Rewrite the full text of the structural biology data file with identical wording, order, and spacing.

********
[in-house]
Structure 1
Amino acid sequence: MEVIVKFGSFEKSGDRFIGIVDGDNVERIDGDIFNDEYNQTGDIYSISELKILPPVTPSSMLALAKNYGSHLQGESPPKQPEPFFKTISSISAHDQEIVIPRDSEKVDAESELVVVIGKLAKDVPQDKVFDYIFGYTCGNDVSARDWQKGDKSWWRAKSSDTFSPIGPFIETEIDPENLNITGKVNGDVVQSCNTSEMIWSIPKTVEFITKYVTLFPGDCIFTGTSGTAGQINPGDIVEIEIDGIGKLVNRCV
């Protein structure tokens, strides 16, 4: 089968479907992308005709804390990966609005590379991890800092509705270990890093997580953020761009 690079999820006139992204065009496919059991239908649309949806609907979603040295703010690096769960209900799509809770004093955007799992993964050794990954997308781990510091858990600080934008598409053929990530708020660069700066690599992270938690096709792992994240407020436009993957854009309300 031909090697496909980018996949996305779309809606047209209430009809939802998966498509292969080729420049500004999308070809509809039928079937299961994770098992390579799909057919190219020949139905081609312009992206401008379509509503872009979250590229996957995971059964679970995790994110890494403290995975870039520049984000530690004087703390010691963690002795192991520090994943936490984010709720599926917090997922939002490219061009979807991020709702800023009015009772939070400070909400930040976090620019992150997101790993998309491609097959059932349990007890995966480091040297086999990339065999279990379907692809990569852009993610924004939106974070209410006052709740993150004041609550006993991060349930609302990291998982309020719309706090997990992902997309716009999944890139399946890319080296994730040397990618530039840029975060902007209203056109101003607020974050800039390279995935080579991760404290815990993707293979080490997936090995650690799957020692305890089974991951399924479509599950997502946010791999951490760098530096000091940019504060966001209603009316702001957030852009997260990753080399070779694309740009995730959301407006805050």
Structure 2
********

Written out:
[in-house]
Structure 1
Amino acid sequence: MEVIVKFGSFEKSGDRFIGIVDGDNVERIDGDIFNDEYNQTGDIYSISELKILPPVTPSSMLALAKNYGSHLQGESPPKQPEPFFKTISSISAHDQEIVIPRDSEKVDAESELVVVIGKLAKDVPQDKVFDYIFGYTCGNDVSARDWQKGDKSWWRAKSSDTFSPIGPFIETEIDPENLNITGKVNGDVVQSCNTSEMIWSIPKTVEFITKYVTLFPGDCIFTGTSGTAGQINPGDIVEIEIDGIGKLVNRCV
């Protein structure tokens, strides 16, 4: 089968479907992308005709804390990966609005590379991890800092509705270990890093997580953020761009 690079999820006139992204065009496919059991239908649309949806609907979603040295703010690096769960209900799509809770004093955007799992993964050794990954997308781990510091858990600080934008598409053929990530708020660069700066690599992270938690096709792992994240407020436009993957854009309300 031909090697496909980018996949996305779309809606047209209430009809939802998966498509292969080729420049500004999308070809509809039928079937299961994770098992390579799909057919190219020949139905081609312009992206401008379509509503872009979250590229996957995971059964679970995790994110890494403290995975870039520049984000530690004087703390010691963690002795192991520090994943936490984010709720599926917090997922939002490219061009979807991020709702800023009015009772939070400070909400930040976090620019992150997101790993998309491609097959059932349990007890995966480091040297086999990339065999279990379907692809990569852009993610924004939106974070209410006052709740993150004041609550006993991060349930609302990291998982309020719309706090997990992902997309716009999944890139399946890319080296994730040397990618530039840029975060902007209203056109101003607020974050800039390279995935080579991760404290815990993707293979080490997936090995650690799957020692305890089974991951399924479509599950997502946010791999951490760098530096000091940019504060966001209603009316702001957030852009997260990753080399070779694309740009995730959301407006805050």
Structure 2